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Incumbent matchup loser may parlay that into Senate

Give Rep. Jeff Landry credit – he’s taking the lemons of reapportionment and turning them into lemonade of a possible extended political career, one way or the other.

The freshman Landry has by no means acted as a shrinking violet in the House of Representatives. During the recent period of extended debate leading to a temporary resolution of the debt issuance issue of the federal government, Landry emerged as a leader among new Republicans shaping their party’s negotiations, eventually voting against the measure that slowed the approach to but did not solve for the economic problems that will result from too much spending. In doing so, he exerted more influence in a few months in Congress than did his predecessor lobbyist. He also has become one of the more outspoken critics of Pres. Barack Obama in Congress, rejecting an invitation to meet with him over a debt deal over concerns Obama had no workable solutions to impart but instead wished to use the meeting with House Republicans as a vehicle for grandstanding.

Some observers speculate that Landry may publicize more his differences with his ideological opponents in Congress and the White House in order to draw a difference between himself and Rep. Charles Boustany, because in reapportionment Louisiana lost a House seat and these two found themselves odd men out after that drawing.
While Boustany is a solid conservative – he scores above 90 lifetime where 100 represents a “perfect” conservative vote in the American Conservative Unions scorecard – Landry has added an anti-establishmentarian dimensions to his own budding strong conservative record, which play well as popular disgust over the federal government on the debt and other spending issues continues to escalate.

The district in which Landry will reside for elections to the 113th Congress favors by numbers Boustany, so it raised a few eyebrows that Landry plans to hold “town hall” meetings in areas currently not part of Landry’s district but will become part of the new district – and that Republican Sen. David Vitter will join him in these. The pair have a friendship that has grown particularly since Landry won his seat, melded not just by their similar ideological views, but their willingness to part ways with existing power structures within the political establishment in advancing that agenda.

While outspokenness runs the risk of alienating those interests in future contests, Landry’s strategy sets himself up for political life beyond this term and looks to shape the state’s electoral politics over the next three years. Vitter’s ideology is popular in the state and the electorate in general has demonstrated its forgiveness for Vitter’s unspecified “serious sin” believed related to prostitution services, so public alignment with Vitter will help Landry in a quest to win election in his newly-fashioned district.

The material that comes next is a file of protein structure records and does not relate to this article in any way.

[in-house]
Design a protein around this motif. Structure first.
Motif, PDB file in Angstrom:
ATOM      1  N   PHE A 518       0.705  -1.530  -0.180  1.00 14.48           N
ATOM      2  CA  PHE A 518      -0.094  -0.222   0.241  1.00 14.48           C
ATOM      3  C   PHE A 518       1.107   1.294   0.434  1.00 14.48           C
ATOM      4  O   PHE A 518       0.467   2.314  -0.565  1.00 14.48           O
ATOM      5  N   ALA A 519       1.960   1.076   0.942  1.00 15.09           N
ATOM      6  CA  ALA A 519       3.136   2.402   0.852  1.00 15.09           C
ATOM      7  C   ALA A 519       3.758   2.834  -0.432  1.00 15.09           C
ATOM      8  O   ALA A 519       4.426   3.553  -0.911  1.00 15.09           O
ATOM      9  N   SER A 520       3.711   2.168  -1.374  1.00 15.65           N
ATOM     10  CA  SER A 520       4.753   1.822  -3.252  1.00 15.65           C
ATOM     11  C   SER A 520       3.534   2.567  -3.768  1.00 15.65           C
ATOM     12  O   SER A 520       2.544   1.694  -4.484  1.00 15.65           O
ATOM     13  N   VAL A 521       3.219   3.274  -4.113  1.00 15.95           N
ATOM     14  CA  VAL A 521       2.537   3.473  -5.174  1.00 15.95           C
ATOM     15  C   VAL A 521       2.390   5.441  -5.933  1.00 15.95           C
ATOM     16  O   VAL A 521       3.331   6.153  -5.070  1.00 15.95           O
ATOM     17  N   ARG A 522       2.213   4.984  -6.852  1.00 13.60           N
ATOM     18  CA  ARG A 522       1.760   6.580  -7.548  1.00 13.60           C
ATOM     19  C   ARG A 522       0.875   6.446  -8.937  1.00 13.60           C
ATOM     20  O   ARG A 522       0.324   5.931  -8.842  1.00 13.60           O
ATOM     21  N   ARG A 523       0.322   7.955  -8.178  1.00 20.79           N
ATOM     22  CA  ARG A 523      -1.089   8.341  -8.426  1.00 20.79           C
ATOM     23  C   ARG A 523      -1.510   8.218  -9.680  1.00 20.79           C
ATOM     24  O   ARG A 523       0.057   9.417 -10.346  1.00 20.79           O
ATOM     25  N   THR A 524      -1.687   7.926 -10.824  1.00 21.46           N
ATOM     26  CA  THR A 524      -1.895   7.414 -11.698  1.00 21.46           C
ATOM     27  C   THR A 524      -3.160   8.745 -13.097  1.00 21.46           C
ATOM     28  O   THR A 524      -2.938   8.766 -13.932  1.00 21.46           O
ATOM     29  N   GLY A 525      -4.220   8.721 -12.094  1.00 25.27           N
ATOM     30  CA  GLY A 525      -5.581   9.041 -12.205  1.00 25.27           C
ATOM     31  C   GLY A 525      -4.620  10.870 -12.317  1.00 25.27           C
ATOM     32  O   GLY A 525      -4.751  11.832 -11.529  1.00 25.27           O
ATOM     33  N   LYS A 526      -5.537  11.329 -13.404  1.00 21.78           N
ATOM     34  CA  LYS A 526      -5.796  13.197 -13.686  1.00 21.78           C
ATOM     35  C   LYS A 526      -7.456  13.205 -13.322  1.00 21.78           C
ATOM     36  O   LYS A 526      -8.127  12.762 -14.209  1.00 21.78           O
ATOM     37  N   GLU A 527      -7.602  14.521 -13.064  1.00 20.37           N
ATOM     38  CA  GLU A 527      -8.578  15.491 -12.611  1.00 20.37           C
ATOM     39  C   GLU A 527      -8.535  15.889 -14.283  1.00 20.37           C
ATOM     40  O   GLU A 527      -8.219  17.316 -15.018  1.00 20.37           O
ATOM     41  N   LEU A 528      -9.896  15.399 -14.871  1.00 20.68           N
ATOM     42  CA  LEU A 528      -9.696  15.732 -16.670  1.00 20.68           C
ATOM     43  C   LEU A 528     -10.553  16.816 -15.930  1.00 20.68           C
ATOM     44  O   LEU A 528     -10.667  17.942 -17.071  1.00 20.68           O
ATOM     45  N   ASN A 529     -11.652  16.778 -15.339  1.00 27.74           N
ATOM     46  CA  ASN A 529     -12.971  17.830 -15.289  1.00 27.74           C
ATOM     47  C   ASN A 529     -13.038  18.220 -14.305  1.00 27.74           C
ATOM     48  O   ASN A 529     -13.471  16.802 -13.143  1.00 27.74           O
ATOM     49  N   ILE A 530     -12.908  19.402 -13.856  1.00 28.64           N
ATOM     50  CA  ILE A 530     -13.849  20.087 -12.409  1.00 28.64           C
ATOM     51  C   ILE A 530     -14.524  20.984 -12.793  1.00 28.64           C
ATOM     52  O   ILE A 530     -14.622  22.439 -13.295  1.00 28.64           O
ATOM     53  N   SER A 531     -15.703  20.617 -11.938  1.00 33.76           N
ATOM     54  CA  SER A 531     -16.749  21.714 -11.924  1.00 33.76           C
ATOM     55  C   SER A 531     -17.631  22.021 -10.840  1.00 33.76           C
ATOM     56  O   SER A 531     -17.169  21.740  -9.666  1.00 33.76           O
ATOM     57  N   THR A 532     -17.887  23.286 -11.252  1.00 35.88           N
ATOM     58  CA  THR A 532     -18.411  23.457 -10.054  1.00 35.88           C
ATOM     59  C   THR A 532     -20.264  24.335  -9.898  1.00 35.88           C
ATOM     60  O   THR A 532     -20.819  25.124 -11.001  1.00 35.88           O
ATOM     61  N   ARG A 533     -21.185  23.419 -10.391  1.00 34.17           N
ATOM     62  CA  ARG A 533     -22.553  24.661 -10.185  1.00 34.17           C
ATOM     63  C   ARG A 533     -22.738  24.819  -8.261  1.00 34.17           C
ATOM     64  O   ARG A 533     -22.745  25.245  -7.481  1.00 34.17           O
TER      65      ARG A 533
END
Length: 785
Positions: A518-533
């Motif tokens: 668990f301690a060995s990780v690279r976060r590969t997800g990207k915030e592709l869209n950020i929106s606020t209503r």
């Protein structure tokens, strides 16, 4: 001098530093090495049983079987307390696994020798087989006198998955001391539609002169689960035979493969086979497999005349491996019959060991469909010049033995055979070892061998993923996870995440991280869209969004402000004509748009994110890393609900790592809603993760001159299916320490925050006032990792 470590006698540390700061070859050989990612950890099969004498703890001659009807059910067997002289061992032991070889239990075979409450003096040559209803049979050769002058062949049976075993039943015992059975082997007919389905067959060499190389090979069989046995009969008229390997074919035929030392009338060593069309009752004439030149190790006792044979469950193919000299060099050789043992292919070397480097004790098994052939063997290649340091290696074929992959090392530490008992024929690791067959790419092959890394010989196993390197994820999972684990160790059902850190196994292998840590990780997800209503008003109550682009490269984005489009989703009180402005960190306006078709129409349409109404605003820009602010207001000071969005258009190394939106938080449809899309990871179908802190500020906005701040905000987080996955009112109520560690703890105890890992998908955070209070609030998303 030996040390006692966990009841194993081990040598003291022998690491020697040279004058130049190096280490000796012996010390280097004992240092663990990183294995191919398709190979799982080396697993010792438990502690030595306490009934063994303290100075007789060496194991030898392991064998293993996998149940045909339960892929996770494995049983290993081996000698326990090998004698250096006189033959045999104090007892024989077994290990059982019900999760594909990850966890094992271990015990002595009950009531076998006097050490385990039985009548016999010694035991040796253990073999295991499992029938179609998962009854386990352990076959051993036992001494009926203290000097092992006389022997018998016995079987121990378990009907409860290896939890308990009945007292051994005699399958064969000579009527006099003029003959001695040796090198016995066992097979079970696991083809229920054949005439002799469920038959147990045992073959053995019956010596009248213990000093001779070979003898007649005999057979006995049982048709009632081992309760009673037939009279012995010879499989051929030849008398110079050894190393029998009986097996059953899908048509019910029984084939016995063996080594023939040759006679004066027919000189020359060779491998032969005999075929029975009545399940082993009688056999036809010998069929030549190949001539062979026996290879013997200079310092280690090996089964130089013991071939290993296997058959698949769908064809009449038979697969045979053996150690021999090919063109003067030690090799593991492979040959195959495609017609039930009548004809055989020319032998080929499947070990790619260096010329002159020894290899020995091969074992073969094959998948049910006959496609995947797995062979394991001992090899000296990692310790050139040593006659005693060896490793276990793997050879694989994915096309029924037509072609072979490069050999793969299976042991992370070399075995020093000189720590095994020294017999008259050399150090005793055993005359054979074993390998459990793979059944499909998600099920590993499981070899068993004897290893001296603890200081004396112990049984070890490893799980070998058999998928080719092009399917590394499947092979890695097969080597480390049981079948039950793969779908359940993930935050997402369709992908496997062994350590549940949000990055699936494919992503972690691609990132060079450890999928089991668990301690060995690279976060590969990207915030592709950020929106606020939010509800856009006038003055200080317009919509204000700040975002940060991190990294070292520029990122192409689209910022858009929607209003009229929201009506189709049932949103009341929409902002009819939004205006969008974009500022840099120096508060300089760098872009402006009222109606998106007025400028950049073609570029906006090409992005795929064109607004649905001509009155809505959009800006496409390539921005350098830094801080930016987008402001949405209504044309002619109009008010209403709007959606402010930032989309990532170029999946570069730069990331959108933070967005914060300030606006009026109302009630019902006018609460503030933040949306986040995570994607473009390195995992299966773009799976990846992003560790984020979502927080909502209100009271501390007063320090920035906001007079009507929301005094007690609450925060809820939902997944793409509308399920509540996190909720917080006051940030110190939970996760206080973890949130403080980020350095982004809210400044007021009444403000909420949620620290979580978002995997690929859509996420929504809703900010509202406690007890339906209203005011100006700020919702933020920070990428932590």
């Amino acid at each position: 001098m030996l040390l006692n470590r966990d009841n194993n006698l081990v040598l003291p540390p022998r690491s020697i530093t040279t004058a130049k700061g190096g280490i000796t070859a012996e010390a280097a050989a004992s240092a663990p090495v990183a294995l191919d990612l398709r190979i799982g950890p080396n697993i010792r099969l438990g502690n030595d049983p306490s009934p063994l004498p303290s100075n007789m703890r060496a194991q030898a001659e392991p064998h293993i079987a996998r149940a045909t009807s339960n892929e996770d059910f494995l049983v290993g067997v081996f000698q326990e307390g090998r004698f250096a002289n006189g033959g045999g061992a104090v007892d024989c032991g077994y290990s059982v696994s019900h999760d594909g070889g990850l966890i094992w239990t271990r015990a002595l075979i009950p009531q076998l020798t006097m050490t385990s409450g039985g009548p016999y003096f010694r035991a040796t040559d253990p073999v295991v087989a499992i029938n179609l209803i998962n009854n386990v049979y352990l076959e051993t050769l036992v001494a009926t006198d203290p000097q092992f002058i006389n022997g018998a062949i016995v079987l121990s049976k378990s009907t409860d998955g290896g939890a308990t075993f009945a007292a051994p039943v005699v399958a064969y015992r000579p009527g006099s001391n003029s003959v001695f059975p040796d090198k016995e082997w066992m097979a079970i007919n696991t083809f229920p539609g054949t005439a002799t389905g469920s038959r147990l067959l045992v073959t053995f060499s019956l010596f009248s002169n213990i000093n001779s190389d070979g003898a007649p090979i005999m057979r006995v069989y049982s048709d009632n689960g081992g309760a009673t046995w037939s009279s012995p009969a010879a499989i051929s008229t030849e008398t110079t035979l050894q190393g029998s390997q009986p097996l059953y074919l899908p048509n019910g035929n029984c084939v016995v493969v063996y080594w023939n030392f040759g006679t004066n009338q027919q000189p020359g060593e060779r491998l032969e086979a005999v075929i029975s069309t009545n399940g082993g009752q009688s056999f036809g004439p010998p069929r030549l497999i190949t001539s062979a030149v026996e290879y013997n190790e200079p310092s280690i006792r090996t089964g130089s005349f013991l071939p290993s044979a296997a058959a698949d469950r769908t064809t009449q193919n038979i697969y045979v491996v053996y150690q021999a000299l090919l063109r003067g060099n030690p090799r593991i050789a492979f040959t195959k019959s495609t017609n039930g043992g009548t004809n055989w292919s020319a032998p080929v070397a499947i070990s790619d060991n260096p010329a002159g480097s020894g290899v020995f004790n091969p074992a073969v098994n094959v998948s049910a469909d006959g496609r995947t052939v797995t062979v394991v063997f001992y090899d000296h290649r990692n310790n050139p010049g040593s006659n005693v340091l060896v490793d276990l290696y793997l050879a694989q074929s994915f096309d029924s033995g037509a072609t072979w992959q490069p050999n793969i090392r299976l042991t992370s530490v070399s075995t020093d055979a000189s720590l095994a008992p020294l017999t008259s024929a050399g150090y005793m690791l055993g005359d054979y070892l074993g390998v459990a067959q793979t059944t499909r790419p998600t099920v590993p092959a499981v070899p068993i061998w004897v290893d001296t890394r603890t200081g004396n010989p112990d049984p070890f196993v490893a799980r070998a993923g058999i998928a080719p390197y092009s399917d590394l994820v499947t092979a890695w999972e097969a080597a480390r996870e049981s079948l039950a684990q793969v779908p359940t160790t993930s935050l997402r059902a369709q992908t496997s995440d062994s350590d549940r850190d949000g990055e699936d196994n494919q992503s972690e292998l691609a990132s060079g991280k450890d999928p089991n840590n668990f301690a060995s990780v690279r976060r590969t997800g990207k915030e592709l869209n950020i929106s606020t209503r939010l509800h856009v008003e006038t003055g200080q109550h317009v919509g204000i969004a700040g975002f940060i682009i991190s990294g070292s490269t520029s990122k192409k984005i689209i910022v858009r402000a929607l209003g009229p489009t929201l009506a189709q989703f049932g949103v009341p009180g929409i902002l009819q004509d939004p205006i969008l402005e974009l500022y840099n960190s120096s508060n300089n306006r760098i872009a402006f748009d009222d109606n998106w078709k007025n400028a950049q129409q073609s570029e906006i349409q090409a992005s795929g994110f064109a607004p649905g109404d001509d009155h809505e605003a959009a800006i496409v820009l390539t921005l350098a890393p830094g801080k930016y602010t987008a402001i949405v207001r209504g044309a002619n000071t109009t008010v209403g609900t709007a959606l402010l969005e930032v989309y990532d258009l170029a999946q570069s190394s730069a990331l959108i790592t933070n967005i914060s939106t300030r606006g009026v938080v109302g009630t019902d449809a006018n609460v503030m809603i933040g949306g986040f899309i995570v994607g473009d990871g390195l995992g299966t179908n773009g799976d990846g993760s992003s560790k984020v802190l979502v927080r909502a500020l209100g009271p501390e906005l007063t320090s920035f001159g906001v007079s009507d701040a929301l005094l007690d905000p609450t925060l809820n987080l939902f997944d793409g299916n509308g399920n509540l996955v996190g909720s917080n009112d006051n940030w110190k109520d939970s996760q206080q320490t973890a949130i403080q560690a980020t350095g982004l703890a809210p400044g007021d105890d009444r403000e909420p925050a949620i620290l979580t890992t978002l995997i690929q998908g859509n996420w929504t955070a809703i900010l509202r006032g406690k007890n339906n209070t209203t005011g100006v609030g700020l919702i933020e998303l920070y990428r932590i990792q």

But even if Landry can’t pull that off, the effort leaves him well positioned for a challenge to Democrat Sen. Mary Landrieu in 2014. If that ultimately was his intent, one could argue he might want to keep his powder dry and resources not drained by opting out of reelection. But he probably could increase his fundraising potential with a reelection try even with the additional money spent, it would raise his statewide profile, and it would help him expand his campaign organizational capacity for a bigger, future run.

In fact, to some degree the same holds for Boustany. Were Landry to pull the upset, Boustany then can position himself to take on Landrieu. This allows the upcoming likely contest between the House incumbents to offer the consolation prize of taking on Landrieu from a stronger position, and perhaps a bigger long-term prize as, at this time, Landrieu remains vulnerable if for no other reason being the crucial vote to pass health care changes that will start causing higher costs and reduced service during 2014.

Either way, Vitter wins, by helping Landry stay in his current spot in 2012, or leveraging him into an even better one in 2014, creating a stronger and direct ally for him. There’s no downside, as if Landry can’t win either time, it really does not affect Vitter’s political capital. And, obviously, no downside exists for Landry as he has nothing to lose. At this time, these dynamics suggest the only loser in this political environment is Landrieu herself.


Ryan said...

You think that the loser of that race is set up to run against Landrieu? I think that it's more likely to be the winner, especially if it's Landry. John Kennedy ran a poor campaign against her last time and still came pretty close; no one's going to be afraid of Mary this time.

Jeff Sadow said...

I don't think the winner is going to give up a seat hard fought in this round and potential office-for-life after just two years for a crapshoot, unless they feel strongly about self-imposed term limits. As it was, Kennedy's loss wasn't that close but it was a good year for the national Democrats even in LA. Problem there is Kennedy still is not trusted by many voters through his constant reinvention to fit to whatever seems popular at the time. That may change for state office as opposed to national, where he has now been on-message for five years with fiscal (although sometimes inaccurate and unworkable in his presentation of it) conservatism.